Agnes Scott College has selected four Georgia student works for top prizes in its 39th Annual Writers’ Festival, held March 25-26.
Mike Dockins, a Ph.D. student at Georgia State University, was the winner in the poetry category; Megan Scott, an undergraduate student at Berry College, was the winner in the creative non-fiction category; Benjamin Solomon, a graduate student at Georgia State University, was the winner in the fiction category; and Will Carter, an undergraduate student at Oglethorpe University, was the winner in the one-act play category.
Each year, student writers from Georgia colleges and universities submit their fiction, poetry, personal essays and one-act plays to the Writers’ Festival contest. Agnes Scott publishes the finalists’ works in the festival magazine, and the visiting writers award prizes for the best work in each category. All finalists attend a workshop with one of the visiting writers.
2010 Writers’ Festival visiting writers include Pulitzer Prize-nominated author Scott Russell Sanders, poet Paul Guest and fiction writer Sarah Scoles, a 2007 Agnes Scott alumna. Past festival visiting writers include such notables as Eudora Welty, Julia Alvarez, John Updike, Margaret Atwood, James Dickey, Joyce Carol Oates, Richard Wilbur, Jane Smiley, Michael S. Harper and Agnes Scott alumna Marsha Norman.
Held annually since 1972, Agnes Scott’s Writers’ Festival brings nationally acclaimed writers to campus in an atmosphere of community with student writers from the colleges and universities of Georgia. While on campus, distinguished guests give public readings, award prizes in the festival’s statewide literary competition and conduct workshops for finalists in the competition.
Dockins, originally from New York, published his first book of poetry, Slouching in the Path of a Comet, in 2007. His poems have appeared in numerous publications, including Poetry Daily, Verse Daily and in the 2007 edition of The Best American Poetry. He won this year’s Writers’ Festival with his two poems “Letter to Bonczek from Brockport” and “Channeling Dockins, Irdell Replies from Breadloaf.”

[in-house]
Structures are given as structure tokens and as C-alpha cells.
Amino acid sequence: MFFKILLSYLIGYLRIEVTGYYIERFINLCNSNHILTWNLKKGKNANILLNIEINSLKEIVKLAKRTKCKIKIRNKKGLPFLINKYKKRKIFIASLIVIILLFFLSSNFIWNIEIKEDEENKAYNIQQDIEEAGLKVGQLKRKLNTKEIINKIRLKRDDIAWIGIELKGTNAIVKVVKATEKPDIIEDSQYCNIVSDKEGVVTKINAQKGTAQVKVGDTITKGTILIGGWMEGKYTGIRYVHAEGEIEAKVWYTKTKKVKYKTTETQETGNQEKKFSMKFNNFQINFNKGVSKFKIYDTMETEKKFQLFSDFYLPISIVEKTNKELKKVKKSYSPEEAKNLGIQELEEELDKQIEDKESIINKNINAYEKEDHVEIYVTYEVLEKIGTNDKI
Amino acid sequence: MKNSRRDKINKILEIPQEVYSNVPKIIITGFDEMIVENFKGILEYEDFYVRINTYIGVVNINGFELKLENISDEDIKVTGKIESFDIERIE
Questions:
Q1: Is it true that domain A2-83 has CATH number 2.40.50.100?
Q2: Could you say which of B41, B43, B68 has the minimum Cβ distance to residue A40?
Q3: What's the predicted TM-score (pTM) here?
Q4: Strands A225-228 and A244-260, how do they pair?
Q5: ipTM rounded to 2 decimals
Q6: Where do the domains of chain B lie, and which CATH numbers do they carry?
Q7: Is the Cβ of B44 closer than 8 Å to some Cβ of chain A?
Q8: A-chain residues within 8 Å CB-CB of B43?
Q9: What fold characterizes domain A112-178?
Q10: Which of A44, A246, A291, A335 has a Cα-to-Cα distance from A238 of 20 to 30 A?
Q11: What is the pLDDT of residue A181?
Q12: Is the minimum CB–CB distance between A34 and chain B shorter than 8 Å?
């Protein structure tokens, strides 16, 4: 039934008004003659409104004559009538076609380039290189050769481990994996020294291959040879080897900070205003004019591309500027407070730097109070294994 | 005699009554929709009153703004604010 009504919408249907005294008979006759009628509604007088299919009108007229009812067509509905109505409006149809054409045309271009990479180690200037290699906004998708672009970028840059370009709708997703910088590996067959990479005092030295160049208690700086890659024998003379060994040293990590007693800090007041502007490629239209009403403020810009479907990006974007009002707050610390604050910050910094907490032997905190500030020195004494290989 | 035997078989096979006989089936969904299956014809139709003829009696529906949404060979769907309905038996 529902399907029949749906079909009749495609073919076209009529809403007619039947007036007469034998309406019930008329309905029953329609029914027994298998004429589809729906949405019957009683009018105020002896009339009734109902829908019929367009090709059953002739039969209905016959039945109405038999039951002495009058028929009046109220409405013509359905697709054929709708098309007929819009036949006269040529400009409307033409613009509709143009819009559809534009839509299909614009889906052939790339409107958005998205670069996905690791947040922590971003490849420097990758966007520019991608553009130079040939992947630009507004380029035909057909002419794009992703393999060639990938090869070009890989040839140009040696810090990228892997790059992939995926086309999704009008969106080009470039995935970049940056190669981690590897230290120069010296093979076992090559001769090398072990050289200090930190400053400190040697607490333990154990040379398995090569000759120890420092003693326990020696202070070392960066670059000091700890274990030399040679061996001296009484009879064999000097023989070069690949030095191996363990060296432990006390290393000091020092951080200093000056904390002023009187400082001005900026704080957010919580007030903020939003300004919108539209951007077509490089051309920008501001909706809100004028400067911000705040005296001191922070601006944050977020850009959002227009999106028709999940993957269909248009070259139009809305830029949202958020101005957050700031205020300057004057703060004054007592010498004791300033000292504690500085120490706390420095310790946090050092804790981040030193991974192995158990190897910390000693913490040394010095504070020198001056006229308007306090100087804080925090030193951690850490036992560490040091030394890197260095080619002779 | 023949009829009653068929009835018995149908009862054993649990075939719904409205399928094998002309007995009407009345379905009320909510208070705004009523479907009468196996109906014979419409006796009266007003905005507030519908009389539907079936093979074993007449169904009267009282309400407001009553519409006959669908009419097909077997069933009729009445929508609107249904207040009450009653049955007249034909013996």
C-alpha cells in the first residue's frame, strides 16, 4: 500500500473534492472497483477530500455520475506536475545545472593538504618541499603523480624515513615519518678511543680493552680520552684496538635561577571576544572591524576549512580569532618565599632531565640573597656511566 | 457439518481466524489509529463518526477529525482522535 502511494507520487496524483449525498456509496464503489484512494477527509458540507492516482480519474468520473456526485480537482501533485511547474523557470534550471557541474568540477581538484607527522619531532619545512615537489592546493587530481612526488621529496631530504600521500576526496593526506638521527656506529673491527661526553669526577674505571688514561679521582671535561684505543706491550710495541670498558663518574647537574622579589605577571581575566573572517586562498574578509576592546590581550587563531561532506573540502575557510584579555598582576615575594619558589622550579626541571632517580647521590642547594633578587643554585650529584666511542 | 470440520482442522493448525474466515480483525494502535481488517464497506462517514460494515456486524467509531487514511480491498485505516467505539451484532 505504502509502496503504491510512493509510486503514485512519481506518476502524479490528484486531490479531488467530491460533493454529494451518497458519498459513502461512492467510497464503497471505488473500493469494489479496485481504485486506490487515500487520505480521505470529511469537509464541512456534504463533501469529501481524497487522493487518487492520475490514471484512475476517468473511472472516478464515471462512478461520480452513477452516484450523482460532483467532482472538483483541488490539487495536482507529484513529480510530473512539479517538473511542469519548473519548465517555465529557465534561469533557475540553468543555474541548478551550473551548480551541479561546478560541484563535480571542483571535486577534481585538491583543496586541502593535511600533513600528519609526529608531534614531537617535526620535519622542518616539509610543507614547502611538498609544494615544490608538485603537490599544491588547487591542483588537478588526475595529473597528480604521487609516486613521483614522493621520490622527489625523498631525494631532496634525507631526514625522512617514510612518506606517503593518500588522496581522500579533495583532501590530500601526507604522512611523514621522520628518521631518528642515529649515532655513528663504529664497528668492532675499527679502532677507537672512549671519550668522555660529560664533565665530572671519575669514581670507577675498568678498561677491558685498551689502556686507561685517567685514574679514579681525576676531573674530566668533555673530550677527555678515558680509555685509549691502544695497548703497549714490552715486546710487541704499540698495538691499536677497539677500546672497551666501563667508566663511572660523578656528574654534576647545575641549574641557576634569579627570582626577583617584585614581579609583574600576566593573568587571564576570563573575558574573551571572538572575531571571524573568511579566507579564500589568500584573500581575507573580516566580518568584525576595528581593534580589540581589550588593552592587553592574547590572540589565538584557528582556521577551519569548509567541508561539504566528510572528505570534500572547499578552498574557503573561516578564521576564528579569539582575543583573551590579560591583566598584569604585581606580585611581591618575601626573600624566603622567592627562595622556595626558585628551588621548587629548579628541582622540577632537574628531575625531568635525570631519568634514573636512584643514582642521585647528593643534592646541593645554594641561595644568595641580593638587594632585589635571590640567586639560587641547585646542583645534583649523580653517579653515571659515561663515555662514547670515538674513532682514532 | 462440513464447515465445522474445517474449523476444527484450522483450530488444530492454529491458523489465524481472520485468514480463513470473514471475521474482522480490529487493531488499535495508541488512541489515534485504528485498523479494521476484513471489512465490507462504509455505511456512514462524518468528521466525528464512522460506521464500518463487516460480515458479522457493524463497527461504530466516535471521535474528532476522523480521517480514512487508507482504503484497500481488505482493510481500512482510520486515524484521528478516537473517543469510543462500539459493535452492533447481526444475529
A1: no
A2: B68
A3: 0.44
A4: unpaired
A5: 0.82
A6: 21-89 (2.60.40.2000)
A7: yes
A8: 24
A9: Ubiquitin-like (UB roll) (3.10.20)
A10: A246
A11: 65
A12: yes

Scott, a native of Tyrone, Ga., is studying English and family studies at Berry College and said she has wanted to be a writer since she was in third grade. Scott won with her piece titled “Elapid.”
Solomon is co-editor of The Open Face Sandwich, an anthology of uncommon prose. His fiction has appeared in Diagram, Best Modern Voices and his essay Boneshaker #1 was chosen as a notable selection by The Best American Nonrequired Reading 2008. Solomon won with his piece “Grief Station.”
Carter, originally from Roswell, Ga., is a student at Oglethorpe University and said he has been writing plays as long as he can remember. He wrote and directed a play his junior year of high school called “A Mexicali Kind of Sentiment.” Carter won for his one-act play “Line Please.”
Agnes Scott College educates women to think deeply, live honorably and engage the intellectual and social challenges of their times. Students are drawn to Agnes Scott by its excellent academic reputation, exceptional faculty and metropolitan Atlanta location – offering myriad cultural and experiential learning opportunities. A diverse and growing residential community of scholars, this highly selective liberal arts and sciences college is known for its dynamic and challenging intellectual community. Encouraging students to engage the wider world through study abroad and presenting its curriculum with international context, Agnes Scott College delivers on its promise: The World. For Women.